Counseling Services Self-Help on Loneliness
Many people describe their college years as some of the best times of their lives. Exposure to new freedoms, new experiences, new friends, and new intellectual challenges can add a sense of adventure to life and can open up a world of possibilities. It is a time for considering questions about what to do with your life, what kind of intimate relationships you want to establish, and how you will chart your future. But many students also experience a sense of social isolation and loneliness during these years that can seem overwhelming. Ironically, this seems to be more common on large campuses, such as at UT Arlington, where the typical enrollment is often over 25,000 students.
The period of adjusting to a new environment can seem daunting. Learning the layout of the campus, adjusting to college-level academic expectations, assuming more financial responsibility, leaving family and friends behind, and forming new relationships with roommates, classmates, instructors, and work colleagues is a lot to deal with all at once. And it is sometimes easy to begin to wonder "Will I fit in here? Will I ever make any friends? Am I the only one who feels anxious or overwhelmed? Am I the only one who feels lonely? Everyone else looks so busy, and popular, and happy."
The more unfamiliar the new environment is, the more challenging the adjustment can be. This can be especially challenging if you are a "first generation college student", since you may not have a support system of people to call upon who have had these experiences before. You may begin to wonder if you are the only student on campus who isn't sure how to contact a professor or how to apply for financial aid.
If you have had thoughts like this, you are not alone. Loneliness is a common experience among first-year students, for all of the reasons mentioned above. But there are some ways to help you feel more connected, more in control, and more confident about who you are and how you fit into the university environment. Try some of these ideas:
Get a mentor by signing up for the UTA HOSTS! program. New students are matched with experienced students in the same academic discipline who are interested in helping you with the transition to college.
Locate a student organization that reflects your academic major, your recreational interests, or your spiritual interests. There are over 250 student organizations at UT Arlington and most people report that it is easier to connect with others in a smaller group of people with similar interests. See Student Organizations.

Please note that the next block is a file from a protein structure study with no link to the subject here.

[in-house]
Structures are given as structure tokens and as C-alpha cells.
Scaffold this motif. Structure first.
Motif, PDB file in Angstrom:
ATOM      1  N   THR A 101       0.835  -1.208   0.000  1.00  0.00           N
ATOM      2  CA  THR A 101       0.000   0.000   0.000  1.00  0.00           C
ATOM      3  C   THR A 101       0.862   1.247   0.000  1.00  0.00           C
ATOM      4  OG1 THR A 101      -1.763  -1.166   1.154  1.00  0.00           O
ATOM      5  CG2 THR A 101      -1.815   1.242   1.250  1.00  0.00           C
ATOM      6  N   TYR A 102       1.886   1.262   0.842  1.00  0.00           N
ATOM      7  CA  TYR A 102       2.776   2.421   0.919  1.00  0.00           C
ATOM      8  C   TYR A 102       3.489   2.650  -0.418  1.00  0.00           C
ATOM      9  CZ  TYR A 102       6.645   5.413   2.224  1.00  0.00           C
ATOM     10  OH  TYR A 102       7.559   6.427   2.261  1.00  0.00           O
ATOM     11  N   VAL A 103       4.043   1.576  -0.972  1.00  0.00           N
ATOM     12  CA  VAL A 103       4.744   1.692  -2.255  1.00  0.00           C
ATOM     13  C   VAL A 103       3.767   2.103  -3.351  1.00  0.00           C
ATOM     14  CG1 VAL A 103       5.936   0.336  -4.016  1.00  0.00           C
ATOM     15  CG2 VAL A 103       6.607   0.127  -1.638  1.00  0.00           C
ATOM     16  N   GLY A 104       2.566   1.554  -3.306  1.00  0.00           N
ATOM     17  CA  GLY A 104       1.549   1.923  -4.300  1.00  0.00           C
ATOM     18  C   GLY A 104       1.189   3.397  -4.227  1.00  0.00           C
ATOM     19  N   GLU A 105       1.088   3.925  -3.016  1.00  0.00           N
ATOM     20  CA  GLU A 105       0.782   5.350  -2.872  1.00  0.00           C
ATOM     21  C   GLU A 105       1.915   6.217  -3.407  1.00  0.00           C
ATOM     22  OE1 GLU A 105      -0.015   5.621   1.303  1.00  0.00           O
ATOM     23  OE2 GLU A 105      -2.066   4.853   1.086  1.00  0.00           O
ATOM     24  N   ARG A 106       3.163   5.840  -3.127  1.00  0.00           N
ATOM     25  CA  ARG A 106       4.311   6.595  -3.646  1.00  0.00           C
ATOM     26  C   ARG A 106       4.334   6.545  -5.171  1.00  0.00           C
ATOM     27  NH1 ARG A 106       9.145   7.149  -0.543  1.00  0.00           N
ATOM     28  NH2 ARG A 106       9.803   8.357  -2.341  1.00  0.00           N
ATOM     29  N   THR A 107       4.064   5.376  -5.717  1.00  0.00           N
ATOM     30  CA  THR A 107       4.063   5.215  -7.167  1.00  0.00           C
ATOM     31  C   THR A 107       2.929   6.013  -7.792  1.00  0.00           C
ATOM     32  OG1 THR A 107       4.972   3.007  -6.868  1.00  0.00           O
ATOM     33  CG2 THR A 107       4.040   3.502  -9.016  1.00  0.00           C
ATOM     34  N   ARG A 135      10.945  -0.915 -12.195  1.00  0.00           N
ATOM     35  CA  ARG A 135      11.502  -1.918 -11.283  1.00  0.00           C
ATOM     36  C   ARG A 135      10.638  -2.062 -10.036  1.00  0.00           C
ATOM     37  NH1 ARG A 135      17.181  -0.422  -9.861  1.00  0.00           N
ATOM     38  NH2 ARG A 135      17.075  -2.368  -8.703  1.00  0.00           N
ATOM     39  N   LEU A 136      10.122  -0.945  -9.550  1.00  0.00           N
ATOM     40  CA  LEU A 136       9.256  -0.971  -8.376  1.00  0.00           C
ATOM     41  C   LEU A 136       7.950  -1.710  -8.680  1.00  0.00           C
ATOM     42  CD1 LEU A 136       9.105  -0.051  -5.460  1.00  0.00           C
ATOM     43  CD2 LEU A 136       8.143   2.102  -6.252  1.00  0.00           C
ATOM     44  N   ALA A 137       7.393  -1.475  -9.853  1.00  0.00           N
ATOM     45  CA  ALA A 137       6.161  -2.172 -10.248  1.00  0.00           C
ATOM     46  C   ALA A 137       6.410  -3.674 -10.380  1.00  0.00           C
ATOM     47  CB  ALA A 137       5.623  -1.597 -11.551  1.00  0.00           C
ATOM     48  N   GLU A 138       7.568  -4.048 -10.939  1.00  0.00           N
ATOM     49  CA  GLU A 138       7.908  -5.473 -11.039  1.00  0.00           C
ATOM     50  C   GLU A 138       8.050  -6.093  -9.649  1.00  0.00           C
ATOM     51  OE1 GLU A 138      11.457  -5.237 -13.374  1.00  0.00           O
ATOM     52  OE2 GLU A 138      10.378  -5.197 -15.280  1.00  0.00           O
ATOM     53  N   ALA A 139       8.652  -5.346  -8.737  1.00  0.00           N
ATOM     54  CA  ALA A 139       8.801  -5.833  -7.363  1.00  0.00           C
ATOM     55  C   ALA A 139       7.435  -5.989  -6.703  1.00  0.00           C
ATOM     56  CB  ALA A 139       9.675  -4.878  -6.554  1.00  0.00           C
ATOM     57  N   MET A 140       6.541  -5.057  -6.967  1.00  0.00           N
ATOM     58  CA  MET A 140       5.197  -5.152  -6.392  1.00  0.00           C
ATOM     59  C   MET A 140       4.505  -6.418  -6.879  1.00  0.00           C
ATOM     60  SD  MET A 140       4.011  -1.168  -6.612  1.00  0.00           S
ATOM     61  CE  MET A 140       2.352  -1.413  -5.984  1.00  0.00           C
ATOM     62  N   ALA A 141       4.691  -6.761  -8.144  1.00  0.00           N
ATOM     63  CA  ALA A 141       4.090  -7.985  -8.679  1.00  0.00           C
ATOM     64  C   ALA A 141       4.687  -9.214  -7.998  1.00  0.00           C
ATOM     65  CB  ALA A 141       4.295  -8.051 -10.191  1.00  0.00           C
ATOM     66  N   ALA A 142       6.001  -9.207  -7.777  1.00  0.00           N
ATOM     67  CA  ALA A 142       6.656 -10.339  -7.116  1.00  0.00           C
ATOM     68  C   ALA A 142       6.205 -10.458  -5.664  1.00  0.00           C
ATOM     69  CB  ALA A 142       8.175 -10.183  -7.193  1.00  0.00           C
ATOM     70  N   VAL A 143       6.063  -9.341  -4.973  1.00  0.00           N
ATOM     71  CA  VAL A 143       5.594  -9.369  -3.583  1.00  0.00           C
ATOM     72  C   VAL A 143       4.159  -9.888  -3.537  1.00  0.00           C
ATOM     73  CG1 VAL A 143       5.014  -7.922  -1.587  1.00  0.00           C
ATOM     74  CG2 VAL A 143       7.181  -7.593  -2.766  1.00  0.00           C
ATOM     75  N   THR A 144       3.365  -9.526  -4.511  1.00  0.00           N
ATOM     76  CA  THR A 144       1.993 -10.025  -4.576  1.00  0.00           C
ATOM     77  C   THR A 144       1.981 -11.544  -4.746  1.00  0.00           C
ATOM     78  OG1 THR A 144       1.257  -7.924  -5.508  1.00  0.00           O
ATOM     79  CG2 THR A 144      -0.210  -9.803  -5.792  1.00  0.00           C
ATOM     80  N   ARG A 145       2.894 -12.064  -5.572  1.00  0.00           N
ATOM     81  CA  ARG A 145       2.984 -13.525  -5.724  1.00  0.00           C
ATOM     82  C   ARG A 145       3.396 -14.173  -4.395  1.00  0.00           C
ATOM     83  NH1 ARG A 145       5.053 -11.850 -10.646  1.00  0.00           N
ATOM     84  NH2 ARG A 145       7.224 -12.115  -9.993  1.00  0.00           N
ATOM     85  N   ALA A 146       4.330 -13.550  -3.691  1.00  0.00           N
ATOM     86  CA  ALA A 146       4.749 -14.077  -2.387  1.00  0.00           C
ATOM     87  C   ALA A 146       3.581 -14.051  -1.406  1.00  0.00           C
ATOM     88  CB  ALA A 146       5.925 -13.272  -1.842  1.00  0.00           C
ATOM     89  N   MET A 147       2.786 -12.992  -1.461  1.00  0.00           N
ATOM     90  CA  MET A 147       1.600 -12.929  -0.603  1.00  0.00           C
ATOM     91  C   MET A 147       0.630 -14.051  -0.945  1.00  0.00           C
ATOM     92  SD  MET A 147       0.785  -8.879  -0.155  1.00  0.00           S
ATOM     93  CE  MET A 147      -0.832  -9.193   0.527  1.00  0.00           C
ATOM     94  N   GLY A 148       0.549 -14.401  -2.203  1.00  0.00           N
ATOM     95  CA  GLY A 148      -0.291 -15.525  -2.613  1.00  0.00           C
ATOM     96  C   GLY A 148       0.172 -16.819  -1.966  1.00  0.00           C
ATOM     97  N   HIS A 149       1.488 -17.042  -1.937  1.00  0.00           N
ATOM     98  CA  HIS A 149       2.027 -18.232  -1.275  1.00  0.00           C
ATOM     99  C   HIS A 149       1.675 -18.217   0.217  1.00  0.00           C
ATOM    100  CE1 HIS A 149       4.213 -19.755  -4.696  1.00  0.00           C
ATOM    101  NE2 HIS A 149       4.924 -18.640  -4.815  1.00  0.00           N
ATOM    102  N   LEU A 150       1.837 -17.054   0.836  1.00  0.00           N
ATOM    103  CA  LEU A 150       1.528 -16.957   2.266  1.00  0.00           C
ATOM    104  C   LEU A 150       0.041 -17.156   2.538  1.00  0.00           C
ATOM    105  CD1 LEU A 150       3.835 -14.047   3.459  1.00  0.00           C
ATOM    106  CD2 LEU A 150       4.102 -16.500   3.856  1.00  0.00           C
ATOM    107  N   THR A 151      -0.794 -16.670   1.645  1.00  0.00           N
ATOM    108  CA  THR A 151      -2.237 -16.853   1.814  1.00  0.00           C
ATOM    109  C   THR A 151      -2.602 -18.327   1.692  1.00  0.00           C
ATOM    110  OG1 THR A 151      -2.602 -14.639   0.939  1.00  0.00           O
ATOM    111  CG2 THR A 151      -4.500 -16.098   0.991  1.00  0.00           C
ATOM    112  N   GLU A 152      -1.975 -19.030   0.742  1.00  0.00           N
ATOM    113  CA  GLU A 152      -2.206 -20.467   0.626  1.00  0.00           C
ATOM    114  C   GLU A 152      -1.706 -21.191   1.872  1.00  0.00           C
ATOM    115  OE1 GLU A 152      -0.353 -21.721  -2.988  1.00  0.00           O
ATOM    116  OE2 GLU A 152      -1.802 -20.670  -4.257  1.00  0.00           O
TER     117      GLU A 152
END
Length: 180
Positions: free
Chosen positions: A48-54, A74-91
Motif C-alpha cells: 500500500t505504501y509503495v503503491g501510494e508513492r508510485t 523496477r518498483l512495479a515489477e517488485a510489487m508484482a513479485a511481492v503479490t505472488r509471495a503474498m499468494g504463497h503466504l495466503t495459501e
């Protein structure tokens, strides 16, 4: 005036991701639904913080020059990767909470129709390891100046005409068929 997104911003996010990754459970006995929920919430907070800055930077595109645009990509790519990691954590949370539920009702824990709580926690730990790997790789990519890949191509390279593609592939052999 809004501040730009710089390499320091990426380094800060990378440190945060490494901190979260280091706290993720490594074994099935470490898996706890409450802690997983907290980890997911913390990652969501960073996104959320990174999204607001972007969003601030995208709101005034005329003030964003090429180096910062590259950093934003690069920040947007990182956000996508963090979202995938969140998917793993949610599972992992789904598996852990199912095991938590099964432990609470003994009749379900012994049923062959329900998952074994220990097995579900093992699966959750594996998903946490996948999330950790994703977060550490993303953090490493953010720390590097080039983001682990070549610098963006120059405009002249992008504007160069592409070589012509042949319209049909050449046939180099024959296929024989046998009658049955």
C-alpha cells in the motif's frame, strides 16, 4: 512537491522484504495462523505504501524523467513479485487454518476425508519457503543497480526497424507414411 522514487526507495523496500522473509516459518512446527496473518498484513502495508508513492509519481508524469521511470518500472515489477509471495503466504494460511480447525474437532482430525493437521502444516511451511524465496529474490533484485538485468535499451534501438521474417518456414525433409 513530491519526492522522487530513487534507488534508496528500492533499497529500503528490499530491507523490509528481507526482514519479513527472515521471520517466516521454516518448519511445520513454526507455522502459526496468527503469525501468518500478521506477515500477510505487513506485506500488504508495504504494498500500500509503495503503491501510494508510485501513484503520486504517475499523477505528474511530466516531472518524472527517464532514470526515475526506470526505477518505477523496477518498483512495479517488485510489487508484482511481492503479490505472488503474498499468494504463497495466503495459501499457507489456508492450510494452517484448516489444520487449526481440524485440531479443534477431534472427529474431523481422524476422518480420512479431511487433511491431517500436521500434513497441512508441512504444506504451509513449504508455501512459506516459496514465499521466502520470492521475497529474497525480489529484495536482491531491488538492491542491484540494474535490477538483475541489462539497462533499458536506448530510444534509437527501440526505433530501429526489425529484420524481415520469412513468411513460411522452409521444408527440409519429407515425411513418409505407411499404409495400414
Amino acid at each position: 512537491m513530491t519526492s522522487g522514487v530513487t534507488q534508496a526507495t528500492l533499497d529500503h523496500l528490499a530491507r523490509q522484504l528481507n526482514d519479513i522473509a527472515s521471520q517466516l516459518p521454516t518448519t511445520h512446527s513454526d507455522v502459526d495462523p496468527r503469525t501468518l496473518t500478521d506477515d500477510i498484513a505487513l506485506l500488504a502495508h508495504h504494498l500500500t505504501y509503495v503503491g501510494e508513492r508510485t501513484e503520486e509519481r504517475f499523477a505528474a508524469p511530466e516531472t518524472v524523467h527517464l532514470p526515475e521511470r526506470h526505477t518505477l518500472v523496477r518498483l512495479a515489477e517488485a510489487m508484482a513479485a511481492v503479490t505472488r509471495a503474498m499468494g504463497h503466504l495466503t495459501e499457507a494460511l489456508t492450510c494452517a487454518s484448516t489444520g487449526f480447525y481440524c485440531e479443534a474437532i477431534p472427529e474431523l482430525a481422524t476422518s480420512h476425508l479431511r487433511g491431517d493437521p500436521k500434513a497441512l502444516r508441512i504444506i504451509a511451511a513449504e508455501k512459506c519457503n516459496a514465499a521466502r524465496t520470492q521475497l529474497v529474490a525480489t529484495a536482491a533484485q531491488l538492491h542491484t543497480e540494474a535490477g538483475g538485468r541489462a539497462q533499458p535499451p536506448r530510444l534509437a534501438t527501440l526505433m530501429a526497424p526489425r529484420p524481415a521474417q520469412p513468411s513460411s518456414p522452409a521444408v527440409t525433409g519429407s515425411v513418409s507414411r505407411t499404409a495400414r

Reveal something about yourself to others in casual conversation. By mentioning that you sometimes get lost on campus, you love Harry Potter, were on your high school swim team, or miss your dog like crazy, you are giving others a chance to find something in common and are inviting them into a discussion.
Start a study group with classmates. Suggest that a few of you meet for coffee to review class notes and prepare for exams. This is also a great way to share class material that you might have missed due to absence.
Be patient with yourself. Accept that it is normal to feel uncomfortable and lonely in new surroundings, and give yourself time to develop new relationships.
Understand that others are often as lonely and concerned about finding their place as you are. Even though they may appear to be confident and unconcerned, remember that loneliness is a common experience in new surroundings.
Stay connected with friends and family from home to keep your spirits up as you engage in new relationships.
Be yourself Understand that it isn't necessary to be like everyone else to fit in. UT Arlington is an institution that values diversity and the unique contributions that we all bring to this campus.
Use available resources when you need them. UT Arlington has provided these resources because we care about your well-being. Getting clarification on assignments from your professor, working with a tutor, consulting your RA about roommate issues, or going to the health center when you are not feeling well will help reduce your anxiety and help you feel more confident and in control.
Engage in healthy activities such as working out at the MAC, making healthy food choices, and getting a good night's sleep. Avoid smoking, over-indulgence in alcohol, and abusing drugs, including prescription drugs.
Seek counseling if you feel overwhelmed, feel urges to harm yourself or others, or just need to talk to someone in a safe and confidential environment. There are several resources on campus for UT Arlington students. Counseling Services (817-272-3671), offers individual and group counseling, as well as informative seminars on a variety of topics. Mental Health Services (817-272-2771) offers confidential assessment, counseling, and referral services.